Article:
Have you ever been startled by a snake in your yard? Snakes are among the most misunderstood and feared animals on the planet, mainly because of the poisonous and potentially deadly bite a snake can inflict on its target. The truth, however, is that most snakes in the United States are non-venomous and relatively harmless.
But, how do you know for sure? In this guide, we will learn how to tell if a snake is poisonous, and in the unfortunate event of a bite, how to treat it. However, before learning how to tell if a snake is poisonous, you first must know what to do if you encounter a snake.
How To Treat A Snake Bite
When most people encounter a snake, their natural reaction is to run or become be paralyzed with fear. However, this is not the right approach to take when you encounter the slithery reptile.
Snakes can be dangerous, and before you know how to tell if a snake is poisonous, you first need to know the proper steps to take when you see one. Safety is always the number one priority.
Know Your Surroundings
When you are outdoors, it is important to know your environment. This first step is more preventative than responsive. Snakes prefer to remain hidden in areas with tall grass, under logs and under rocks.
When hiking, the best thing you can do to avoid a poisonous snake is to stay on the trail. Snakes are less likely to be hanging out in an open area such as a heavily trafficked trail.
When rock climbing, it is vital to look before placing your hand in a hole. Snakes like to hide in the nooks and crannies of rocky structures.
Being aware of your surroundings is sometimes not good enough to avoid those slithery reptiles. If you encounter a snake, the best thing you can do is to remain calm and not panic. Staying calm keeps the mind clear to make the right decisions.
Also, do not make any sudden movements toward the snake. Try to stay calm so you don't startle the animal, because if the snake were to feel threatened by a sudden movement, it could strike.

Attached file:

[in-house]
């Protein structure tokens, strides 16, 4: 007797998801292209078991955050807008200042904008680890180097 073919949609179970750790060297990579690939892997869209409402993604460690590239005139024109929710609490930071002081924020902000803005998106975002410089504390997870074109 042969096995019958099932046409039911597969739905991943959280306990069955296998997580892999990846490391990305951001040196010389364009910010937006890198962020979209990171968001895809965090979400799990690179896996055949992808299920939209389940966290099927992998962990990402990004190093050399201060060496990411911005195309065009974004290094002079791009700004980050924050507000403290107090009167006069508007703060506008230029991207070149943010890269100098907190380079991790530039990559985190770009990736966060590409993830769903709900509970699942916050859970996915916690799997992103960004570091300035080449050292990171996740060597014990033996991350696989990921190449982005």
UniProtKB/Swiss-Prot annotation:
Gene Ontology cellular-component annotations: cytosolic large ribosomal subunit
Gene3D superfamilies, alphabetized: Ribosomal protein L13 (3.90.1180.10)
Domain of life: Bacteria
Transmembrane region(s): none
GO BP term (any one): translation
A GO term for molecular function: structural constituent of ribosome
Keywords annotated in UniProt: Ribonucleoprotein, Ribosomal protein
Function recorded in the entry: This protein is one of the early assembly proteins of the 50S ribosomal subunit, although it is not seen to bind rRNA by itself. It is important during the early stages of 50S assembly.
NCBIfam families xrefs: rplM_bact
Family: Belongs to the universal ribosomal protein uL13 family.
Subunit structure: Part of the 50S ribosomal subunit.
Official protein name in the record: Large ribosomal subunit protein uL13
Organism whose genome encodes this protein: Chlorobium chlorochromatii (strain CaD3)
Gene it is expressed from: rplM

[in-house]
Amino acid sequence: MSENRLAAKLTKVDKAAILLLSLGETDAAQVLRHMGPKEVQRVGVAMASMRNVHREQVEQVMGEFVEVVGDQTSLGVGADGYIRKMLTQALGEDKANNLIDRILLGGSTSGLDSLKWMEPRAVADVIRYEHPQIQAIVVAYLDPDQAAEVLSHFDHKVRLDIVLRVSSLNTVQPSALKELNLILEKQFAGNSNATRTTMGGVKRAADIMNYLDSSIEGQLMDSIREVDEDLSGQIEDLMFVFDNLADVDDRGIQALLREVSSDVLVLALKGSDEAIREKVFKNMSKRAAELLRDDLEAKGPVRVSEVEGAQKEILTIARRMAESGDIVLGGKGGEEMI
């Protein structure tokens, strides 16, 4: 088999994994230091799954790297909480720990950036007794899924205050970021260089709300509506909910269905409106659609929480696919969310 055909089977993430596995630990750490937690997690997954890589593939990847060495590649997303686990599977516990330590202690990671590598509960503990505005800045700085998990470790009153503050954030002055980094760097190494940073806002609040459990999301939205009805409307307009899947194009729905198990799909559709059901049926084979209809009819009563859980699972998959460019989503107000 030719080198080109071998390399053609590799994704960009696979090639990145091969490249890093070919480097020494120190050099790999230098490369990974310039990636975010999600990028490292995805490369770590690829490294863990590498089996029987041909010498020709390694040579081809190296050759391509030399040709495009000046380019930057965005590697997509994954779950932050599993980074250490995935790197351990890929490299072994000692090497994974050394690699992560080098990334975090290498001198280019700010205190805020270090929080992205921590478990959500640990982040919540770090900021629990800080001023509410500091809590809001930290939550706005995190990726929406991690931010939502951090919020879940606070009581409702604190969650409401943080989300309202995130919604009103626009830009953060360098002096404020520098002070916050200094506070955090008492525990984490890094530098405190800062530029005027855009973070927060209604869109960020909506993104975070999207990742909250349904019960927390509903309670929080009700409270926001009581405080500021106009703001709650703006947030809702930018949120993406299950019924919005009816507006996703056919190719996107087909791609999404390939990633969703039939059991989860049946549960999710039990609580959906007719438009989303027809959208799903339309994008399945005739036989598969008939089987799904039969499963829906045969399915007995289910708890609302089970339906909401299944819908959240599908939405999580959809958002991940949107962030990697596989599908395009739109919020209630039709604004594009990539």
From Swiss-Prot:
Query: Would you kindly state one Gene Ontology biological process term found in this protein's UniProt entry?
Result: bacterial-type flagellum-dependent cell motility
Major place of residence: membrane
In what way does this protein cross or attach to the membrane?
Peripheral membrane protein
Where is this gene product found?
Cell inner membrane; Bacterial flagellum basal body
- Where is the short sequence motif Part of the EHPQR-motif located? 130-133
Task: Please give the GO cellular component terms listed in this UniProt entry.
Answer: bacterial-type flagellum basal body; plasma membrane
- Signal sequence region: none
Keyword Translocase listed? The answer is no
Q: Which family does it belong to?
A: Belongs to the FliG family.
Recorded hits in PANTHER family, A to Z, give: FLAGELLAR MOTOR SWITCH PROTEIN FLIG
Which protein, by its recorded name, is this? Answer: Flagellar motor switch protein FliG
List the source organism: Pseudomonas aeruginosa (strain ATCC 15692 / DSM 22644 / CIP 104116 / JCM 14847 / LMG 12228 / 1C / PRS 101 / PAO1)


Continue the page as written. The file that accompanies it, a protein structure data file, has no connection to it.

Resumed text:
Remember, the snake is most likely more afraid of you, and it wasn't out looking for a confrontation with a human.
One of the most effective ways to avoid a snake bite is to not engage the animal, but rather respect their space and walk away. If you cannot turn around to walk in the opposite direction, give the snake plenty of space as you walk around it.
Remember, you rarely see snakes because they like to remain hidden. If you encounter an aggressive snake that is cornered, don't try to capture it. Just walk away.
Make Loud Noises
Although snakes do not have ears like us, they are sensitive to vibrations caused by disturbances such as sound. Loud sounds can be an effective tool to get snakes out of your path.
You can raise your voice and try yelling at the snake, stomp your feet, or bang sticks together. All of these should produce enough vibrations to encourage the snake to leave the area.
How To Treat A Snake Bite
In the unlikely event you are with someone who gets bitten by a poisonous snake, it is important to know what to do until emergency services arrive. The first few minutes after a bite are crucial and can even save a life. Let's learn what to do.
Keep Them Calm
Make sure the snake bite victim remains calm. This can be difficult, but it is crucial. Prevent the victim from moving around. The restricted movement will prevent the flow of venom throughout the bloodstream.
Some common symptoms of a poisonous snake bite include seeing swelling or fang marks on the wound, weakness, fever, and dizziness.
Even if you think a snake bite is minor, it requires medical attention. When you call 911, the dispatcher may direct you to take the victim to the nearest doctor or they may tell you to wait for an ambulance. Try to describe the size, color and other characteristics of the snake to the 911 operator.
This can help determine the correct course of action when treatment begins. All poisonous snake bites require anti-venom to be administered to the victim, and you can call the National Poison Control Center for advice 24 hours a day at 1-800-222-1222.